Are you rejecting your feminine traits?
There is a rising in the world at present, the rising of feminine energy.
For so long we have been bathed only in the masculine. It’s what our organisations, our power structures, our success models, and many (ok, most) of our societal structures are based on, at least in the west.
You may recognise the masculine around you and indeed in you. Qualities like drive, independence, aggression, arrogance, competitiveness and confidence are all traits that are associated with the masculine. And it doesn’t take much searching to see them everywhere, in men and in women. These are not bad traits, of course we need them and they are especially powerful when they are in balance with the feminine; traits like empathetic, expressive, honesty, loving, kind, nurturing.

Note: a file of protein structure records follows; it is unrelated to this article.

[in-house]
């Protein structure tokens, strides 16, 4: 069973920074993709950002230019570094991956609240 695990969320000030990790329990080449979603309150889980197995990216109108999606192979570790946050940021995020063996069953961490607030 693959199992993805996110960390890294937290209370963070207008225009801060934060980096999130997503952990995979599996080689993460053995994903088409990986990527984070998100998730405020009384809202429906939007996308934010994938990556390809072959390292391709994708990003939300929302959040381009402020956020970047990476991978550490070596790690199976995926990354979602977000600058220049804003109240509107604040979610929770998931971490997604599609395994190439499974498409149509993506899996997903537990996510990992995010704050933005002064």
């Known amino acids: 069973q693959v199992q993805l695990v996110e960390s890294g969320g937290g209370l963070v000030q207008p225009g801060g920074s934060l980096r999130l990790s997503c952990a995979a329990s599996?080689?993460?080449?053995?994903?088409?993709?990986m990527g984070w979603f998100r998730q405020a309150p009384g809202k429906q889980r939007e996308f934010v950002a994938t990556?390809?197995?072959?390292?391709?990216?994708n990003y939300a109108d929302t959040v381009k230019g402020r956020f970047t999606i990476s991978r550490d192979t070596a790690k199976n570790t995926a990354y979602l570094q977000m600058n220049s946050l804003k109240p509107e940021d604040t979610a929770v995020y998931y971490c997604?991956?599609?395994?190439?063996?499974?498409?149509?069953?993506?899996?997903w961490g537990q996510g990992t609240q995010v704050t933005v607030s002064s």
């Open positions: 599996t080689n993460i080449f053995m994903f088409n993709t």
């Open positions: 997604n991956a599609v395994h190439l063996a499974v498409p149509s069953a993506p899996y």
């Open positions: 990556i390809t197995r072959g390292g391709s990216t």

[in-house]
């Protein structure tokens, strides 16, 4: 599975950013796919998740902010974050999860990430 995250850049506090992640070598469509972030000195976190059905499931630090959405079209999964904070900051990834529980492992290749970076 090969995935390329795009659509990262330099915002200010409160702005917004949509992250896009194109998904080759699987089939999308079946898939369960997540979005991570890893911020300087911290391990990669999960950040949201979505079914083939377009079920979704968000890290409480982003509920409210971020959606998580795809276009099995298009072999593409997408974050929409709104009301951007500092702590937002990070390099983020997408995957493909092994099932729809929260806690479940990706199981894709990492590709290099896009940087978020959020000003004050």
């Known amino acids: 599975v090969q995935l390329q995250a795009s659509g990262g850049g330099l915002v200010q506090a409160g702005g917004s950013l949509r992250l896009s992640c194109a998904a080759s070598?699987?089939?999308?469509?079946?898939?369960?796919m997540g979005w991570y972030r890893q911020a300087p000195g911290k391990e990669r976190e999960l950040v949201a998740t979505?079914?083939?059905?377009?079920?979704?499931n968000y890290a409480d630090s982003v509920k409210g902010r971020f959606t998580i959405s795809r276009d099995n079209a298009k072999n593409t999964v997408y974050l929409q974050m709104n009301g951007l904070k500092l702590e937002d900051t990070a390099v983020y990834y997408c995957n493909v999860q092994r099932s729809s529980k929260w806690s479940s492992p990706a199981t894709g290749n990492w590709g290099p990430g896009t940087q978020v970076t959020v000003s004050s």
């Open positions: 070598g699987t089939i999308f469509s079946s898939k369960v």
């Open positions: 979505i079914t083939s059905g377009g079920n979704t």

But far too often, we have let the masculine go into overdrive and we have let our divine feminine nature wither on the vine.
It’s not so surprising is it really? Just look around you.
We see so often that if you want to be powerful, if you want to succeed, if you want to control your own destiny, then you need to drive, you need to strive and you need to push. Hard.
It’s why in the past we have seen so few female role models who are not just another version of a man, sometimes even more masculine, which can lead women and especially younger women, feeling that there is no way for them to be successful if they don’t become ‘that version’ of success.
We want to be seen. We want to be valued. We want to fit in and to be accepted. So we become what we think is required.
It’s not our fault alone. It’s how we have been socialised. And it’s the energy that has been all around us for centuries.
As I look at my early PhD research in feminine power, and I reflect on the women’s movements of the past 100+ years and much of the mainstream feminist dialogue today (which I am eternally grateful for), I see a lot of masculine traits, yet not a lot of the feminine traits that we need now, to truly get past the fight for diversity, for equality even, to get to unity.